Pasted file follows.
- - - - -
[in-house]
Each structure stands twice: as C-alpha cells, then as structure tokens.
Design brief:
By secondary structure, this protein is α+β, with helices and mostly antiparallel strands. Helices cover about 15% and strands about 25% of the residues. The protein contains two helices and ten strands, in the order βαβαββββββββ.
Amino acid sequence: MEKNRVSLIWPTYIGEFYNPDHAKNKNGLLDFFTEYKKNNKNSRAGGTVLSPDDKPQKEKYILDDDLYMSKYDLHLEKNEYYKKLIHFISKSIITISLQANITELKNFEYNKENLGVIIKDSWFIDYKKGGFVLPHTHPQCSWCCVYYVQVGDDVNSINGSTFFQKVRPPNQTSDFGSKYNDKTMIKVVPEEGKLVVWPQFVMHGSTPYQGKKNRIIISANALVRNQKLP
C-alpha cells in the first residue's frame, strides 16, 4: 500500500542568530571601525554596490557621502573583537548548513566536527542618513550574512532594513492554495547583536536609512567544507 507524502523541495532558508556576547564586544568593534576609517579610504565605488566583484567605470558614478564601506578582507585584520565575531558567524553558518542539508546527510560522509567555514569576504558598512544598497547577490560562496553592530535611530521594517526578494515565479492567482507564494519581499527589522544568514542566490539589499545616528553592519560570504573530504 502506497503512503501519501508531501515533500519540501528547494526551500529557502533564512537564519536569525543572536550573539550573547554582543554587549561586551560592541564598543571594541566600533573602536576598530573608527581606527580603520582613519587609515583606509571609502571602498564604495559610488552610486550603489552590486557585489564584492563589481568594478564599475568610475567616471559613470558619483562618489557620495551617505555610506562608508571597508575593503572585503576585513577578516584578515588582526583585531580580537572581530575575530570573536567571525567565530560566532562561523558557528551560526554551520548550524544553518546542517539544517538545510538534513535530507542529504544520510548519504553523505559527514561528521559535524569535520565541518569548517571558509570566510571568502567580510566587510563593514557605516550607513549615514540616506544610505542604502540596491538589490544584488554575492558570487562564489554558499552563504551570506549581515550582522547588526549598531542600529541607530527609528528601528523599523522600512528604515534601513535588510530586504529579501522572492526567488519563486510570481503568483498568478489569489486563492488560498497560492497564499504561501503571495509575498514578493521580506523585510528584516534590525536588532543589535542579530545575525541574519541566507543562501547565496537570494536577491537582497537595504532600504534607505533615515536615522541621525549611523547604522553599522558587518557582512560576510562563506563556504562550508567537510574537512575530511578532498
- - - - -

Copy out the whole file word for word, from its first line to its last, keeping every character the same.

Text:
[in-house]
Each structure stands twice: as C-alpha cells, then as structure tokens.
Design brief:
By secondary structure, this protein is α+β, with helices and mostly antiparallel strands. Helices cover about 15% and strands about 25% of the residues. The protein contains two helices and ten strands, in the order βαβαββββββββ.
Amino acid sequence: MEKNRVSLIWPTYIGEFYNPDHAKNKNGLLDFFTEYKKNNKNSRAGGTVLSPDDKPQKEKYILDDDLYMSKYDLHLEKNEYYKKLIHFISKSIITISLQANITELKNFEYNKENLGVIIKDSWFIDYKKGGFVLPHTHPQCSWCCVYYVQVGDDVNSINGSTFFQKVRPPNQTSDFGSKYNDKTMIKVVPEEGKLVVWPQFVMHGSTPYQGKKNRIIISANALVRNQKLP
C-alpha cells in the first residue's frame, strides 16, 4: 500500500542568530571601525554596490557621502573583537548548513566536527542618513550574512532594513492554495547583536536609512567544507 507524502523541495532558508556576547564586544568593534576609517579610504565605488566583484567605470558614478564601506578582507585584520565575531558567524553558518542539508546527510560522509567555514569576504558598512544598497547577490560562496553592530535611530521594517526578494515565479492567482507564494519581499527589522544568514542566490539589499545616528553592519560570504573530504 502506497503512503501519501508531501515533500519540501528547494526551500529557502533564512537564519536569525543572536550573539550573547554582543554587549561586551560592541564598543571594541566600533573602536576598530573608527581606527580603520582613519587609515583606509571609502571602498564604495559610488552610486550603489552590486557585489564584492563589481568594478564599475568610475567616471559613470558619483562618489557620495551617505555610506562608508571597508575593503572585503576585513577578516584578515588582526583585531580580537572581530575575530570573536567571525567565530560566532562561523558557528551560526554551520548550524544553518546542517539544517538545510538534513535530507542529504544520510548519504553523505559527514561528521559535524569535520565541518569548517571558509570566510571568502567580510566587510563593514557605516550607513549615514540616506544610505542604502540596491538589490544584488554575492558570487562564489554558499552563504551570506549581515550582522547588526549598531542600529541607530527609528528601528523599523522600512528604515534601513535588510530586504529579501522572492526567488519563486510570481503568483498568478489569489486563492488560498497560492497564499504561501503571495509575498514578493521580506523585510528584516534590525536588532543589535542579530545575525541574519541566507543562501547565496537570494536577491537582497537595504532600504534607505533615515536615522541621525549611523547604522553599522558587518557582512560576510562563506563556504562550508567537510574537512575530511578532498